Fri, May 02, 2003 - Page 24 News List

Stevens a Devil's curse for Lightning

NHL The league's top defense made it hard for Tampa Bay to score and now the boys from New Jersey are only one more win away from taking the Eastern Conference


New Jersey Devils' goalie Martin Brodeur, right, and team captain Scott Stevens celebrate their 3-1 win over the Tampa Bay Lightning in their second-round NHL playoff game on Wednesday. Brodeur and Marcus Naslund of the Vancouver Canucks were selected as finalists earlier in the day for the Hart Trophy, given to the NHL's most valuable player.


Scott Stevens scored a goal and anchored another strong performance by the NHL's top defense Tuesday as the New Jersey Devils beat the Tampa Bay Lightning 3-1 Wednesday to move within one victory of the Eastern Conference finals.

Scott Gomez and Patrik Elias also scored for New Jersey, and Martin Brodeur had nine of his 25 saves in the third period. The Devils return home with a 3-1 lead in the best-of-seven series. Game 5 is Friday night.

Stevens missed all but 77 seconds of Game 3 Monday after Pavel Kubina's slap shot hit him in the side of the face, opening a cut that required 15 stitches.

Mighty Ducks 1, Stars 0

In Anaheim, California, Mike Leclerc scored on a power play with 1:47 remaining, and goaltender Jean-Sebastien Giguere earned his first playoff shutout as Anahiem beat Dallas.

The Ducks lead the best-of-seven Western Conference semifinals 3-1. The series returns to Dallas for Game 5 on Saturday. Game 6, if necessary, will be in Anaheim on Monday.

Giguere, who is in his first postseason and has keyed the surprising Ducks' success, had 28 saves.

With Dallas' Jason Arnott off for crosschecking, Sandis Ozolinsh made a cross-ice pass to Leclerc, who wristed a shot from 6m that beat goalie Marty Turco high on the glove side.

The goal, which came on Anaheim's 22nd and final shot of the game, was Leclerc's second score in the postseason.

Canucks get wild

The Vancouver Canucks took the best page out of Minnesota's playbook in Game 3 and pasted it into theirs.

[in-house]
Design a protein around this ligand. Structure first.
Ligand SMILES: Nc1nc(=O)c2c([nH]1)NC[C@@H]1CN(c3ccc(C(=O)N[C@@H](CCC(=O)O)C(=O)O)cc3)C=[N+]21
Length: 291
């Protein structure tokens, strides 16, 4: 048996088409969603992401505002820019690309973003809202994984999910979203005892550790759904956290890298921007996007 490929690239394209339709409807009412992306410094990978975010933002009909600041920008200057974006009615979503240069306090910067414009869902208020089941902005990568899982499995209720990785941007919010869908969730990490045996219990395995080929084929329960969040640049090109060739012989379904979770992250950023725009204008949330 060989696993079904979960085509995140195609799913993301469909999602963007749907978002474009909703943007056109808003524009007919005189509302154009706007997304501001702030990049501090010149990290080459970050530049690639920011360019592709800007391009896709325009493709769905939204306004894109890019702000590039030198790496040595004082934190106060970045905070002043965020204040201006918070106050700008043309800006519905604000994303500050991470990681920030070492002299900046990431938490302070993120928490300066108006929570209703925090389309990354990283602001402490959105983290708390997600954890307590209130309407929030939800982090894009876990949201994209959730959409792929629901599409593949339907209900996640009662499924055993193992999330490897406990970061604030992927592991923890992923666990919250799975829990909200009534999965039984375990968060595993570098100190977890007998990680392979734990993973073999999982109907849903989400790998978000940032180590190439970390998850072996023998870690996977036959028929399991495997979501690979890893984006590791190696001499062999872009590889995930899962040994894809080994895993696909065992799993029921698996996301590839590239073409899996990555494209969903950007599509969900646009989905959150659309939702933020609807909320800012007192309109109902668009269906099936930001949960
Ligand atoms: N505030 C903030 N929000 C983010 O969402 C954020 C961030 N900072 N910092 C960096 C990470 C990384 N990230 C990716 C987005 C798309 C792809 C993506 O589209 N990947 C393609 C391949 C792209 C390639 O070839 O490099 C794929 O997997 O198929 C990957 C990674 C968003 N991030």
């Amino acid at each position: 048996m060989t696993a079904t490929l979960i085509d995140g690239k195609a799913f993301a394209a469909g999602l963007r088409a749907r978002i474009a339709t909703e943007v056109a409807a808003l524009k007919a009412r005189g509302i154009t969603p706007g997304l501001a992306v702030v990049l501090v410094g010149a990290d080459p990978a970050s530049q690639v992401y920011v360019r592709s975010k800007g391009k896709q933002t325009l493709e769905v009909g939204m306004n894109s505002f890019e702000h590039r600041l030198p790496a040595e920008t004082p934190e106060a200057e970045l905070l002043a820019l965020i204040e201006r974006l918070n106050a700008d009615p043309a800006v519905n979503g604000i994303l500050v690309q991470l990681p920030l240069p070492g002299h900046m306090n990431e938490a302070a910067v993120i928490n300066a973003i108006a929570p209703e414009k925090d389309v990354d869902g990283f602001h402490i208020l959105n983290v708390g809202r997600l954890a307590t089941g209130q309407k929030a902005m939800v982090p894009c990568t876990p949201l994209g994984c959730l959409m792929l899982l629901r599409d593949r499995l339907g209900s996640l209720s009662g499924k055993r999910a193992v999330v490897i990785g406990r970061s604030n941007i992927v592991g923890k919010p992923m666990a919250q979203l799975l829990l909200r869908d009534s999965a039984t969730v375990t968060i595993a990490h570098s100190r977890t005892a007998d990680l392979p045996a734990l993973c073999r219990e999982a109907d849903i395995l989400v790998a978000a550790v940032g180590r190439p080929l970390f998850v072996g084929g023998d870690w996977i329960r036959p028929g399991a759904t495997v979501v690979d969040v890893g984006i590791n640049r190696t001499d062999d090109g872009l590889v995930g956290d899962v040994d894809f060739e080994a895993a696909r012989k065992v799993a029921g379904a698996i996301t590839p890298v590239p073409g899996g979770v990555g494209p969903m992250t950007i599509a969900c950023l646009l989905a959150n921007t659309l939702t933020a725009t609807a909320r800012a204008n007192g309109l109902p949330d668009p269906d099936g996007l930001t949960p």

Even though they didn't want to admit it.

"We played our style," coach Marc Crawford insisted. "We try to play to the best of our ability."

Clogging the passing lanes, playing physically on the boards, forcing turnovers and managing only 13 shots on goal, the Canucks looked a lot like the Wild in their 3-2 victory on Tuesday night.

Crawford was asked Wednesday if the Canucks were happy with the way they won -- playing Minnesota's type of game instead of the more offensive-minded style Vancouver usually shows.

``We're encouraged we won,'' Crawford said. ``We look no further than that.''

Vancouver leads the second-round series 2-1. Game 4 is Friday night in St. Paul.

The Canucks won Tuesday's tightly officiated game with strong special teams play. The Wild's penalty kill was fourth in the NHL this year, but they allowed three power-play goals for only the second time this season.

Vancouver was 3-for-6 with the man advantage in a game dominated by penalty minutes -- 40 were handed out.

The Canucks have effectively used their defensemen, mostly Ed Jovanovski and Brent Sopel, on the power play. They rushed the net and made it difficult for the Wild to defend.

"Our guys are good at joining the attack," Crawford said. "They spot where coverages are lax and take advantage."

Said Minnesota forward Marian Gaborik: "We have to do a better job of covering them when they drive to the net."

The Canucks scaled back their approach a bit Tuesday, trying to keep the crowd from being a factor.

"You can't open it up against these guys," said Vancouver center Brendan Morrison. ``They're such a good team at counter-attacking that you have to play it simple.''

That's pretty much what the Canucks did in Game 3, seizing back the home-ice advantage they had to start the series as the higher seed. Although that doesn't seem to mean much in hockey, especially in the playoffs: The Wild are 1-3 at home and 4-2 on the road in the postseason.

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